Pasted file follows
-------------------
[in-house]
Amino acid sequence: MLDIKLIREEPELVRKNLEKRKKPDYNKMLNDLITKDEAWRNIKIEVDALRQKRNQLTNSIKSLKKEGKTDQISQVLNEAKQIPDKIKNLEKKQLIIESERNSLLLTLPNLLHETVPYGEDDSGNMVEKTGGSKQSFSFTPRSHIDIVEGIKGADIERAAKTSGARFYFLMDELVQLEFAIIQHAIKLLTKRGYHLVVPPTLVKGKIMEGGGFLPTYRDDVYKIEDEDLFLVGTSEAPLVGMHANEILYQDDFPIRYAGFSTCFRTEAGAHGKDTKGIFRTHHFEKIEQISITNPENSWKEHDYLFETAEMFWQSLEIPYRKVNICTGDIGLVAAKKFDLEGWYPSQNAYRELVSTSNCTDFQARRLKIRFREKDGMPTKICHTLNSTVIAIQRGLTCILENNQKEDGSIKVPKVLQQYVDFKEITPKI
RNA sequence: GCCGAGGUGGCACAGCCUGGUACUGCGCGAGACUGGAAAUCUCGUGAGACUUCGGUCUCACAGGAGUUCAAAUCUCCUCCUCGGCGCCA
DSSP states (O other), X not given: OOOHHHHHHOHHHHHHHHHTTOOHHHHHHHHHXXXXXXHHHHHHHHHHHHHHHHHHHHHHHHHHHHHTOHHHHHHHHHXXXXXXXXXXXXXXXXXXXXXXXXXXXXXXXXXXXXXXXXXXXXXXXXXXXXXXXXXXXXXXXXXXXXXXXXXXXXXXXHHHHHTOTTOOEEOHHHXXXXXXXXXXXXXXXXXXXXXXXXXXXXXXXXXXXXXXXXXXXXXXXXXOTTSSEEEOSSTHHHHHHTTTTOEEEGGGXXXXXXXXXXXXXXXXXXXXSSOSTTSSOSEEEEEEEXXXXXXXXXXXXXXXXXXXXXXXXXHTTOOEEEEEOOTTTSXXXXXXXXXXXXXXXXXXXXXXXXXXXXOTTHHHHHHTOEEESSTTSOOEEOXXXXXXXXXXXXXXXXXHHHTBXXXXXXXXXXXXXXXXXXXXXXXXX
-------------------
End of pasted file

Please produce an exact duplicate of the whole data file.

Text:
[in-house]
Amino acid sequence: MLDIKLIREEPELVRKNLEKRKKPDYNKMLNDLITKDEAWRNIKIEVDALRQKRNQLTNSIKSLKKEGKTDQISQVLNEAKQIPDKIKNLEKKQLIIESERNSLLLTLPNLLHETVPYGEDDSGNMVEKTGGSKQSFSFTPRSHIDIVEGIKGADIERAAKTSGARFYFLMDELVQLEFAIIQHAIKLLTKRGYHLVVPPTLVKGKIMEGGGFLPTYRDDVYKIEDEDLFLVGTSEAPLVGMHANEILYQDDFPIRYAGFSTCFRTEAGAHGKDTKGIFRTHHFEKIEQISITNPENSWKEHDYLFETAEMFWQSLEIPYRKVNICTGDIGLVAAKKFDLEGWYPSQNAYRELVSTSNCTDFQARRLKIRFREKDGMPTKICHTLNSTVIAIQRGLTCILENNQKEDGSIKVPKVLQQYVDFKEITPKI
RNA sequence: GCCGAGGUGGCACAGCCUGGUACUGCGCGAGACUGGAAAUCUCGUGAGACUUCGGUCUCACAGGAGUUCAAAUCUCCUCCUCGGCGCCA
DSSP states (O other), X not given: OOOHHHHHHOHHHHHHHHHTTOOHHHHHHHHHXXXXXXHHHHHHHHHHHHHHHHHHHHHHHHHHHHHTOHHHHHHHHHXXXXXXXXXXXXXXXXXXXXXXXXXXXXXXXXXXXXXXXXXXXXXXXXXXXXXXXXXXXXXXXXXXXXXXXXXXXXXXXHHHHHTOTTOOEEOHHHXXXXXXXXXXXXXXXXXXXXXXXXXXXXXXXXXXXXXXXXXXXXXXXXXOTTSSEEEOSSTHHHHHHTTTTOEEEGGGXXXXXXXXXXXXXXXXXXXXSSOSTTSSOSEEEEEEEXXXXXXXXXXXXXXXXXXXXXXXXXHTTOOEEEEEOOTTTSXXXXXXXXXXXXXXXXXXXXXXXXXXXXOTTHHHHHHTOEEESSTTSOOEEOXXXXXXXXXXXXXXXXXHHHTBXXXXXXXXXXXXXXXXXXXXXXXXX